Wilson plans on challenging the DOJ's decision in the Court of Appeals within the next few weeks. He commented that he would make the argument that "our citizens should have the same protections given to the citizens of Indiana, upheld by the U.S. Supreme Court, and Georgia, pre-cleared by the DOJ in 2005. We will take it as high up as possible and make as much noise as possible. Unfortunately, we have to fight these battles because of the DOJ's agenda and ideology."
Kansas, in 2011, passed a photo ID law that is considered one of the strongest in the country, in addition to a law, which will hopefully be in place by June of this year, requiring proof of citizenship for those registering to vote. Since it is not a Section 5 state, Kansas did not need to get clearance, and the DOJ cannot unilaterally prevent Kansas's laws from being implemented. This is one of the few states that address the problem of absentee voter fraud. According to Secretary of State Kobach, if one votes by absentee ballot, a driver's license number or a photocopy of a valid ID must be included. Kobach also commented that a very common method of voter fraud is for someone to vote in two states or two different counties. To combat this, Kansas is the host of an inter-state check of voter rolls. There are approximately fourteen participating states.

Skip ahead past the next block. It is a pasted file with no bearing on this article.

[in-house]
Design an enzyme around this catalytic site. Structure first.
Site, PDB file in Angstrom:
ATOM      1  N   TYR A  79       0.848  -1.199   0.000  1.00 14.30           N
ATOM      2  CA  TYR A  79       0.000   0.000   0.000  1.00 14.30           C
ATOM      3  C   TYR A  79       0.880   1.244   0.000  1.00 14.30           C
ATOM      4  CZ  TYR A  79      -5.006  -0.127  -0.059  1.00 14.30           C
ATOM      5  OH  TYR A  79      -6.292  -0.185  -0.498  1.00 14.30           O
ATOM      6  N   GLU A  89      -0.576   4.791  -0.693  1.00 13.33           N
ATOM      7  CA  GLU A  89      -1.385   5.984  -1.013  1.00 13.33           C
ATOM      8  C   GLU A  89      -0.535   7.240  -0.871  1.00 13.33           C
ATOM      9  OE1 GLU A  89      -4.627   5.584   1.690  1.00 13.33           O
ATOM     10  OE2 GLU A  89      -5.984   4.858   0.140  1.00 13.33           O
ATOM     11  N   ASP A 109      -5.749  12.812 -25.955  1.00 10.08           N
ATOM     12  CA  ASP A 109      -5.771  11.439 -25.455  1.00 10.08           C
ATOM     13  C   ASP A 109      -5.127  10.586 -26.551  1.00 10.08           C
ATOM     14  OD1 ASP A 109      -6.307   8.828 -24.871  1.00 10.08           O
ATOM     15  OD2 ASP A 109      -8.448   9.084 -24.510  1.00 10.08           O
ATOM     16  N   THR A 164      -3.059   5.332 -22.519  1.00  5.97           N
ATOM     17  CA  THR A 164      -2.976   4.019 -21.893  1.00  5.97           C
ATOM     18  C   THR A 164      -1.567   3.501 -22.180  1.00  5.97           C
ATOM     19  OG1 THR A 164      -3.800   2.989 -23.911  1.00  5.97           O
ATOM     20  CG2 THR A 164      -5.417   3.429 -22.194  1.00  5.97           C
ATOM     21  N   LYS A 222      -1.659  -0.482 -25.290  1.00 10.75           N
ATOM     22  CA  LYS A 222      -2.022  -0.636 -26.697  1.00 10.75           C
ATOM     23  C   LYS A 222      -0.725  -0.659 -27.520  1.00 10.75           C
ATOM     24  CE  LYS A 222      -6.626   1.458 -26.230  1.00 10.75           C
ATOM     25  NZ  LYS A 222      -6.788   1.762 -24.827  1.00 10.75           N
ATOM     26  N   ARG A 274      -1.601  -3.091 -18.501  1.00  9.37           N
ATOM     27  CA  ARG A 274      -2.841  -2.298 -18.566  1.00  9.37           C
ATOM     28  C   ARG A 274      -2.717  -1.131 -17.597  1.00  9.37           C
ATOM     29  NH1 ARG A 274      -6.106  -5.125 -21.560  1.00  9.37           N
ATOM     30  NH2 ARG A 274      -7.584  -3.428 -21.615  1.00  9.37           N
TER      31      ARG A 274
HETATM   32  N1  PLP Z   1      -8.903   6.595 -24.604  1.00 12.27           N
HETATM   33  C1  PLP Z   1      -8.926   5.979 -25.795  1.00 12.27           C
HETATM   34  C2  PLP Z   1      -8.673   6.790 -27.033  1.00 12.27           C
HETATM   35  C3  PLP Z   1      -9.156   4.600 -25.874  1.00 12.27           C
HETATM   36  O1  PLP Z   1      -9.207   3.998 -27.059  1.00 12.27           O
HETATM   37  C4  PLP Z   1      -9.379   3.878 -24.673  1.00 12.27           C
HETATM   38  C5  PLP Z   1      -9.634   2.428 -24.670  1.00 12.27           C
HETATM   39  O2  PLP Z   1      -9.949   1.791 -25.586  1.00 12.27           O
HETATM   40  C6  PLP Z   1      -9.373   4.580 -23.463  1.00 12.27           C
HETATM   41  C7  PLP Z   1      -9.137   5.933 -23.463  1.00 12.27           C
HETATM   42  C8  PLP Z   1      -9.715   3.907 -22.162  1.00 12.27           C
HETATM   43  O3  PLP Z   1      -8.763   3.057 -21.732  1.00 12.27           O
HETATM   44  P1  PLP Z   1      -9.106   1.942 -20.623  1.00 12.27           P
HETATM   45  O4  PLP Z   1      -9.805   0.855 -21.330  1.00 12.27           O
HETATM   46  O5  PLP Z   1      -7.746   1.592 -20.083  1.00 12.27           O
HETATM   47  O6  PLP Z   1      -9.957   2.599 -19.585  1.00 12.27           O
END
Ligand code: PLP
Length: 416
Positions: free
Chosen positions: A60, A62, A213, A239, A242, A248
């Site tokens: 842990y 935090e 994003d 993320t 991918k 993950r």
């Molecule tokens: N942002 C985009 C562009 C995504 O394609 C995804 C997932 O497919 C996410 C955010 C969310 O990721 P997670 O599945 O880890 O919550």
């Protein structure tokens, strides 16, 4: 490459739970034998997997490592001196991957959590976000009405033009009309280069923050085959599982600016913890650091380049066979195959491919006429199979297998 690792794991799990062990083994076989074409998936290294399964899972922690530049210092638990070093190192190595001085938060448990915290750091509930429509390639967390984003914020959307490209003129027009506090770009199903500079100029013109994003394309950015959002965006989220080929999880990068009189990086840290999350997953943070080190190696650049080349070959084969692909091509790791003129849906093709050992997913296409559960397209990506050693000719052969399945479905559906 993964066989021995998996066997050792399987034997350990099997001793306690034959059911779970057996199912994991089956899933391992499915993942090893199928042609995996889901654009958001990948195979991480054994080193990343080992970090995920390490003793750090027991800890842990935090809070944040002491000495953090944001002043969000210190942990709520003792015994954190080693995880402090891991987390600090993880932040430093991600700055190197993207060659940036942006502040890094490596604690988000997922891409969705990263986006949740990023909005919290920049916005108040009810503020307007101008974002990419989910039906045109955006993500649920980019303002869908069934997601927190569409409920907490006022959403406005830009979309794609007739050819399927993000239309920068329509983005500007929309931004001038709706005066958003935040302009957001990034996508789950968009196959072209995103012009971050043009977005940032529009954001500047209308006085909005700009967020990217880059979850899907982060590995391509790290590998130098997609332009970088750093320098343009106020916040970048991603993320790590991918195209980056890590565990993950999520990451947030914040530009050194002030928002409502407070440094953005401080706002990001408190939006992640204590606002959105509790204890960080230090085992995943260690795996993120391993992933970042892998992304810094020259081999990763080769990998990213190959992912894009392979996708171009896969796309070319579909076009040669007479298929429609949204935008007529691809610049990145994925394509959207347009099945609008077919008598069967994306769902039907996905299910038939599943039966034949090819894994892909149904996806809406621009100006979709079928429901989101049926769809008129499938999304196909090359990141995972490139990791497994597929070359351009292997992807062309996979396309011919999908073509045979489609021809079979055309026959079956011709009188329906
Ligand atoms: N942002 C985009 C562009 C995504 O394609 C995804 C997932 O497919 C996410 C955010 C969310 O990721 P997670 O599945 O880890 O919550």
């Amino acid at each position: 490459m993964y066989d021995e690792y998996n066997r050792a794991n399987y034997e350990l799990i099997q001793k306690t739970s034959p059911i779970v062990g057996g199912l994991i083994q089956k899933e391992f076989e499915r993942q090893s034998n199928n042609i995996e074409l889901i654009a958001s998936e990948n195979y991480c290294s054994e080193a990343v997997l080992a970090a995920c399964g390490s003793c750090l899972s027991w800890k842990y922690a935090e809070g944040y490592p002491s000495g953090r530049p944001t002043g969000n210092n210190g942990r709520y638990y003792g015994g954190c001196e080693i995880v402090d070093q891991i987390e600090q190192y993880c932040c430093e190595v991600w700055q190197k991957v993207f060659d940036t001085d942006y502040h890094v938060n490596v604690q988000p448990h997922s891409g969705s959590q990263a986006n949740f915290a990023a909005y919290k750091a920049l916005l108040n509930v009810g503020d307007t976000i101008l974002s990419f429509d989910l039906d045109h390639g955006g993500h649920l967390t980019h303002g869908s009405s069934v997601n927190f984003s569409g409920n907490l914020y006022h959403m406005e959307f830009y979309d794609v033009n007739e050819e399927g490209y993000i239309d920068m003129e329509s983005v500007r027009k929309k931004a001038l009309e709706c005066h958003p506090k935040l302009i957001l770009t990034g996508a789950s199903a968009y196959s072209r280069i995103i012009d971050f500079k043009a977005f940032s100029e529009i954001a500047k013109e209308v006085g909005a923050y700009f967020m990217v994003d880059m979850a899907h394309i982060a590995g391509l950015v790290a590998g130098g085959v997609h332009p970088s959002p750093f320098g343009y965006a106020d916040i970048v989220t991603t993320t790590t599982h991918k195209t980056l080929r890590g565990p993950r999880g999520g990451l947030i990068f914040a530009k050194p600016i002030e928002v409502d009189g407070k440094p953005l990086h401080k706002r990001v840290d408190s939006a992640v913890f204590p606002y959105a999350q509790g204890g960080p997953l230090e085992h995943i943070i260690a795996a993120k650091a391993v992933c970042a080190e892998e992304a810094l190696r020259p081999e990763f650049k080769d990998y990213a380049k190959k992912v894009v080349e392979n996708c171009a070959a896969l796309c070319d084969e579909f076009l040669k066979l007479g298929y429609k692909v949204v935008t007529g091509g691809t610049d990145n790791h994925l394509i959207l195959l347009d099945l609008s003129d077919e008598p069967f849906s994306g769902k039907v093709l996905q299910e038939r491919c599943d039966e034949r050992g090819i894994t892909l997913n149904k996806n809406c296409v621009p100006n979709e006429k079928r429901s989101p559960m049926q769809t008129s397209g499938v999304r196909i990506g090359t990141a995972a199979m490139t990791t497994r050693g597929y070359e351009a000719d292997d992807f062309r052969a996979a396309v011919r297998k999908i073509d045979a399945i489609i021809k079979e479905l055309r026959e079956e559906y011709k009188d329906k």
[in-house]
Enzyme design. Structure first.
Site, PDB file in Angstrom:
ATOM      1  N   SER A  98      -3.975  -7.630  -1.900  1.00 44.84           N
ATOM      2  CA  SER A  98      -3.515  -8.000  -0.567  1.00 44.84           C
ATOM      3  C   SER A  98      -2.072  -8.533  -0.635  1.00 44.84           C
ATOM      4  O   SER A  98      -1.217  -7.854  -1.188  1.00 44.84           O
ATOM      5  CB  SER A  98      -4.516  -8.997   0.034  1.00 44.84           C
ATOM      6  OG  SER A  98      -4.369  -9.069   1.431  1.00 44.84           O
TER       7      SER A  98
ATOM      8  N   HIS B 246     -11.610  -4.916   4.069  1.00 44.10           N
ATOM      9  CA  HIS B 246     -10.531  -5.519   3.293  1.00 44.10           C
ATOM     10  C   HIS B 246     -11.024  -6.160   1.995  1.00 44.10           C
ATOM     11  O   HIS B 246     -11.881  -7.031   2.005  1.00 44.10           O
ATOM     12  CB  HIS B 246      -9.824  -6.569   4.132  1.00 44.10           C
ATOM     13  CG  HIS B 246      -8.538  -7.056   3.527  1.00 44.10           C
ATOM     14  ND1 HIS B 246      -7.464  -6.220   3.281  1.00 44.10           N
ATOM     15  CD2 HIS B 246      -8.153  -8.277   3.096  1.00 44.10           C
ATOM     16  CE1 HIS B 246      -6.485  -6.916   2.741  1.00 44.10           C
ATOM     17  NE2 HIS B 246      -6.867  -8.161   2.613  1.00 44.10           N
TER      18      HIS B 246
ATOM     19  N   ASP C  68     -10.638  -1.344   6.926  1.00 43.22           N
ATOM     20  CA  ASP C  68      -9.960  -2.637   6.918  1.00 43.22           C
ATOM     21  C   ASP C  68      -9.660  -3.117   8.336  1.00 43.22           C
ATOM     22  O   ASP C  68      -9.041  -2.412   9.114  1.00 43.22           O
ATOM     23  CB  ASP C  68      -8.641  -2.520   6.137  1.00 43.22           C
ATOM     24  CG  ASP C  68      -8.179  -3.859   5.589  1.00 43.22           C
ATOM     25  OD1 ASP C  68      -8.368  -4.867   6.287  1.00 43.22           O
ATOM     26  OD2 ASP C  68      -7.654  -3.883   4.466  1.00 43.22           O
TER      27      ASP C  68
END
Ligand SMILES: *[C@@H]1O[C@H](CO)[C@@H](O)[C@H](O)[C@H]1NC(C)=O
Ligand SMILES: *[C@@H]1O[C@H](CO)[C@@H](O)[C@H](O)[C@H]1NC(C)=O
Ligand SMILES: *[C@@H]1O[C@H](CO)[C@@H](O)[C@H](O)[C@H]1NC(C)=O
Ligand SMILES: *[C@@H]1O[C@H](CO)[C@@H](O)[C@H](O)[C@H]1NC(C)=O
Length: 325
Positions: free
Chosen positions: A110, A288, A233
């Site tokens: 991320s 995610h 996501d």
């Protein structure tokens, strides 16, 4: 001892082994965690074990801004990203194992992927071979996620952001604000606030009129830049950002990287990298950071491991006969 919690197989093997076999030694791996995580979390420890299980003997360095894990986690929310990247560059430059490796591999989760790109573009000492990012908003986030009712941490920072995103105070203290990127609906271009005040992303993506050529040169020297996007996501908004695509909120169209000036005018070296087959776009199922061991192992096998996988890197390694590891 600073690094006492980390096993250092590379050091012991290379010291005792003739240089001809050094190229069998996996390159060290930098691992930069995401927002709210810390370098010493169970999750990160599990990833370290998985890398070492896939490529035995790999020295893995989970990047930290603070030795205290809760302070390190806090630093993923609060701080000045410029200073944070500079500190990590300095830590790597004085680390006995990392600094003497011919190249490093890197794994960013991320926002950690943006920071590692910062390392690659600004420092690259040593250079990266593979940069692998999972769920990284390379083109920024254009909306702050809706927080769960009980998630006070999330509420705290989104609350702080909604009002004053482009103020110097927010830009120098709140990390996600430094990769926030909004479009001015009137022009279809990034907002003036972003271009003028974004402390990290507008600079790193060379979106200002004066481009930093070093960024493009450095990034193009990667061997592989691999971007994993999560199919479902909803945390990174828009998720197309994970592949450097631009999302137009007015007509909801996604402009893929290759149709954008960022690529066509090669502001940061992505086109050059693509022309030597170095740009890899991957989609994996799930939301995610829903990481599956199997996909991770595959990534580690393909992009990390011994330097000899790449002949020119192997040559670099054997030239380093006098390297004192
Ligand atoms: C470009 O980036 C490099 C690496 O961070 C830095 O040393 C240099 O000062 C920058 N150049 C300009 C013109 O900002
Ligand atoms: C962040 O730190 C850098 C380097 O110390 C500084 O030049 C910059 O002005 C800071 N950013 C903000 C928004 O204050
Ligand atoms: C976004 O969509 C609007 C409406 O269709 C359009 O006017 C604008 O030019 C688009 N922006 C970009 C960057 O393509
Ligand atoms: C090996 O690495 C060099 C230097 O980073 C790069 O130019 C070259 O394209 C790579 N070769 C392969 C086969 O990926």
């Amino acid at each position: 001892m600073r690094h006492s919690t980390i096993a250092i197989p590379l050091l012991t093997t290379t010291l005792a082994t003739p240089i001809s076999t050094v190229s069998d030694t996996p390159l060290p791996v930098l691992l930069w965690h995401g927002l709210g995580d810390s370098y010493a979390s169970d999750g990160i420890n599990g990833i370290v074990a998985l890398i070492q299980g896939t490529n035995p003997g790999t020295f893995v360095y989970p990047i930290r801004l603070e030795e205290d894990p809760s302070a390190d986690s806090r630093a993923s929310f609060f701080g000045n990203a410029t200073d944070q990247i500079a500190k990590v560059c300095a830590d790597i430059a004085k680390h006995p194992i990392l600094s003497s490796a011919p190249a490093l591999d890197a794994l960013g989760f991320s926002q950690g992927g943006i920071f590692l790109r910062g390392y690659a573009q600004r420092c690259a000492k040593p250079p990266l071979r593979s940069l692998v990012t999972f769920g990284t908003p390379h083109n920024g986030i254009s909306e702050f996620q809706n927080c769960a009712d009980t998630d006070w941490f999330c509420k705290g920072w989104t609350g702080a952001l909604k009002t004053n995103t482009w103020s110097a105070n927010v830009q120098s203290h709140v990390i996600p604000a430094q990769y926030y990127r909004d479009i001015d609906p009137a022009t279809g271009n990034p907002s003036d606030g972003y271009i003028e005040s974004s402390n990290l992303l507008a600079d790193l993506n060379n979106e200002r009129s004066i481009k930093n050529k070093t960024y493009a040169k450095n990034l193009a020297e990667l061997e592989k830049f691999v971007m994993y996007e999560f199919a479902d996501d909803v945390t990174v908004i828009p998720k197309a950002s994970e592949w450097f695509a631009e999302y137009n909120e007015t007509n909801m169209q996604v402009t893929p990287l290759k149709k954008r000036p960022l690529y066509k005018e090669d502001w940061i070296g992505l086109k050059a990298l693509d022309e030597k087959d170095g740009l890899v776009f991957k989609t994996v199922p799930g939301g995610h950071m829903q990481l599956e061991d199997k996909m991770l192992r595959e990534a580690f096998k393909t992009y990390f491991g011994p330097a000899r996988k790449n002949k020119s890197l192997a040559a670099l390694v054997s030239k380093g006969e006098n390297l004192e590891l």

As are many of the latest voter ID laws, the pending bill in Nebraska is modeled on Georgia's and Indiana's laws. This proposal, as so many of the others before it, has the left making the argument that the voter ID law disproportionately affects low-income, minority, elderly, and student voters. Since Nebraska is not a Section 5 state, it will not have the DOJ on its back. State Senator Charlie Janssen, author of this bill, in answering his critics, told American Thinker, "I am not disenfranchising voters. The only people it might discourage from voting are those who will try to commit voter fraud. In fact, the 30,000 registered voters that do not have a state-issued ID will be sent a voter registration card, which will allow them to not only vote, but will also remind them to vote. This will actually drive people to the polls. I have launched a website, stopvotefraud.net, to have a grassroots effort. If people sign the petition, a clear message will be sent to the legislature in support of my bill. Anyone who is against a voter ID law is for voter fraud."
In the 1950s and 1960s, qualified people were being denied their right to vote; however, today, as J. Christian Adams notes, "voter ID laws are necessary to make sure no one's vote is diluted because of voter fraud." All interviewed agree and argue that citizens need to believe that people are elected through a fair and legitimate process. Kobach considers the DOJ argument ridiculous, since "this is a common-sense issue. It has become a basic attribute to life in America to have a photo ID. You need one to get on a plane, buy Sudafed, and cash a check. This is why it seems sensible to such a large majority of Americans, as reflected in the 2010 Rasmussen poll, which showed that 82% of Americans support photo ID laws. Remember, voter participation increased in Georgia and Indiana possibly because of voter confidence in the process." Since voter ID laws are a deterrent to voter fraud and increase the integrity of elections, it seems logical to enact them, which is probably why Holder and the DOJ are so against them.